Acetonide Deprotection: Synthetic Protocol:
Pinanediol Butylamide 9: Pinane acetonide butylamide 8 (107 mg, 0.35 mmol) was stirred with a 1:1 mixture of trifluoroacetic acid (TFA)/water (3 ml) at room temperature. The reaction was monitored by TLC and showed about 75% conversion to the cis-diol after 2 hours, then the reaction stalled and the intensity of a new spot between starting material and product started to build up. The unknown byproduct may be formed from fragmentation of the pinane ring in product 9 under the acidic condition. The optimal reaction time was about 3.5 hours. The reaction mixture was neutralized with saturated NaHCO3 solution, and then was extracted 3 times with 50% EtOAc/hex. The combined organic extract was washed with H2O, dried over anhydrous Na2SO4 and concentrated. Residual unreacted starting material 8 and byproduct from the pinanediol butylamide 9 was not removed by silica chromatography. IR (CHCl3): 3455, 3390, 3000, 2960, 2930, 2875, 1647, 1530, 1463, 1385, 1140, 1117, 1054, 1033 and 1018 cm−1.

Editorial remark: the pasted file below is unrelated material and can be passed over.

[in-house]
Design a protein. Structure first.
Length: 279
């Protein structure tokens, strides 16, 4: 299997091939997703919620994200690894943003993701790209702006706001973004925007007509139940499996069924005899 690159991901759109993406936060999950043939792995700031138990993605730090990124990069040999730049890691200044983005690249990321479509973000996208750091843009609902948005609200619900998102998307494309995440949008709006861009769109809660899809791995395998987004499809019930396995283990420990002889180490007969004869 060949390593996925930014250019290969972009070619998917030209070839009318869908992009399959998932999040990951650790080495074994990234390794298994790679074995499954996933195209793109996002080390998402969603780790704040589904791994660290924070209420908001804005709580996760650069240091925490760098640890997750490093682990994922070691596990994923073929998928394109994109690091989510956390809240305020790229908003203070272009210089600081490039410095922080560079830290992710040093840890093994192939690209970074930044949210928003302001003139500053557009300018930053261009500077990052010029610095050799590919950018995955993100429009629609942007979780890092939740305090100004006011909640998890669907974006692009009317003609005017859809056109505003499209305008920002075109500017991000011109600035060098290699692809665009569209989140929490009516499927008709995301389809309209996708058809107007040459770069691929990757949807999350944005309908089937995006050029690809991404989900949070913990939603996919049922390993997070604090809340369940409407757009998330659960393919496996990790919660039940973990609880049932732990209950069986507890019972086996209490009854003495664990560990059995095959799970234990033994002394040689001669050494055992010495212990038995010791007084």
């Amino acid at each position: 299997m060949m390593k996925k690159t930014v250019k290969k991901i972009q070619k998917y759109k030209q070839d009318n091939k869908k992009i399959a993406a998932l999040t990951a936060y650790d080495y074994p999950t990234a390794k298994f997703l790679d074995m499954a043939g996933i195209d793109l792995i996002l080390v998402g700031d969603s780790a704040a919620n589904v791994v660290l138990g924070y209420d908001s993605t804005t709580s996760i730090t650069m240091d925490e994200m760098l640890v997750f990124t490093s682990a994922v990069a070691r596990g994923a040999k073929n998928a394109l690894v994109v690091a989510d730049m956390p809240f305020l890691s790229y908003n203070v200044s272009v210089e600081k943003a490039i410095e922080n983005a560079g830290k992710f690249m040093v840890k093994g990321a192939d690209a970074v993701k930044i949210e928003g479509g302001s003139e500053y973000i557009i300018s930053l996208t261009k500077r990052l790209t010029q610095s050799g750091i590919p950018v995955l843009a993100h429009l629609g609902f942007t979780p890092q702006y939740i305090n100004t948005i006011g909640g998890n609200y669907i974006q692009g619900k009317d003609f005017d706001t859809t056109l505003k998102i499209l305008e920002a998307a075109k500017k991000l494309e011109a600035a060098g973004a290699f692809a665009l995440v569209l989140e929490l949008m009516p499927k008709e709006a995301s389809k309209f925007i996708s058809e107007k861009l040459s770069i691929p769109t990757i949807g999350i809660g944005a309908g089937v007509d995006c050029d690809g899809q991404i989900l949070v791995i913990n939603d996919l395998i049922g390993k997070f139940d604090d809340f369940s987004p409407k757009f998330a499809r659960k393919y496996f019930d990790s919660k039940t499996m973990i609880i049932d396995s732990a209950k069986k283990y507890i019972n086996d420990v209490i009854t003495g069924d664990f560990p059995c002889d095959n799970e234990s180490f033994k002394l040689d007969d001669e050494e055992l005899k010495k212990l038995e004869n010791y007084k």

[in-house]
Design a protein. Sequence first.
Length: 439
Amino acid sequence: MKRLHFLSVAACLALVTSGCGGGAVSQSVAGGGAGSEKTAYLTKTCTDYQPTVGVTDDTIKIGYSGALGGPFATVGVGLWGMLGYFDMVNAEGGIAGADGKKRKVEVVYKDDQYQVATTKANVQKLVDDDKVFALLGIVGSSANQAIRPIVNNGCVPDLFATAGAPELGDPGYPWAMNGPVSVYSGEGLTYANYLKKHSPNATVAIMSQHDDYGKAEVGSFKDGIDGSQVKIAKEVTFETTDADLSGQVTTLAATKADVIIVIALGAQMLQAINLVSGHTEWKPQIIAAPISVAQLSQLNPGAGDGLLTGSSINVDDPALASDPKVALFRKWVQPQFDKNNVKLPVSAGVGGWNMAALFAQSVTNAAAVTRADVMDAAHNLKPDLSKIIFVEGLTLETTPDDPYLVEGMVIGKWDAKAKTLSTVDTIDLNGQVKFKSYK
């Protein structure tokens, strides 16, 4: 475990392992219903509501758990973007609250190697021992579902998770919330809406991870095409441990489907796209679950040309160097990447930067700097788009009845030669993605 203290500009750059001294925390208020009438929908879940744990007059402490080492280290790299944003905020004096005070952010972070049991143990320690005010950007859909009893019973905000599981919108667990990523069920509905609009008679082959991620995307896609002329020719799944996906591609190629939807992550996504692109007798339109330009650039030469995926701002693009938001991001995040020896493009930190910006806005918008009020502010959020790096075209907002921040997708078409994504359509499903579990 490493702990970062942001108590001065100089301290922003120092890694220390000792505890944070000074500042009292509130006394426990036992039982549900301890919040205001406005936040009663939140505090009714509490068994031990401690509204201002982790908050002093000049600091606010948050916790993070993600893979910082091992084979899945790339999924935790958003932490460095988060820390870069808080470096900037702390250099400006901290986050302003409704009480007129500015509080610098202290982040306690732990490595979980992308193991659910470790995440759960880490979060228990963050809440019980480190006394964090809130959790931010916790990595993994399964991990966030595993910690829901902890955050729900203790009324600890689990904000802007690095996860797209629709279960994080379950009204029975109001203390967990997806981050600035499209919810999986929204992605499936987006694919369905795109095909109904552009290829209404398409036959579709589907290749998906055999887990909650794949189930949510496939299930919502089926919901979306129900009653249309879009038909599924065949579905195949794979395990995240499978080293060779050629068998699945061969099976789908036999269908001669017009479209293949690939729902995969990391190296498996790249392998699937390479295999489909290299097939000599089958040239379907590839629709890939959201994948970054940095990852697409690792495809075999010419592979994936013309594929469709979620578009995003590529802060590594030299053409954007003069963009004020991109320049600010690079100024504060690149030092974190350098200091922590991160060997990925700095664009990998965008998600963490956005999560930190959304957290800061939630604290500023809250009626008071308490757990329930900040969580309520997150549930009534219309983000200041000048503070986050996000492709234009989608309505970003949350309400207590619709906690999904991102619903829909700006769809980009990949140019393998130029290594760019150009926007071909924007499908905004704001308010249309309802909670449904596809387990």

Synthesis of Pinanediol C2 Thiol/Disulfide

Scheme 3 shows methods using nopol as the starting material to make a pinanediol analogue with a 2C thiol chain. This compound can be a candidate for surface modification via SAMs on gold. The 2C thiol derivative can serve as a model for developing general methods to synthesize pinanediols with longer (C11+) aliphatic thiol side chains. Conversion of nopol to an alkyl halide (Cl or Br), followed by oxidation to the cis-diol and displacement of the halide by (TMSi)S (((CH3)3Si)S) at room temperature gave the pinanediol 2C thiol/disulfide mixture in 3 steps under mild conditions.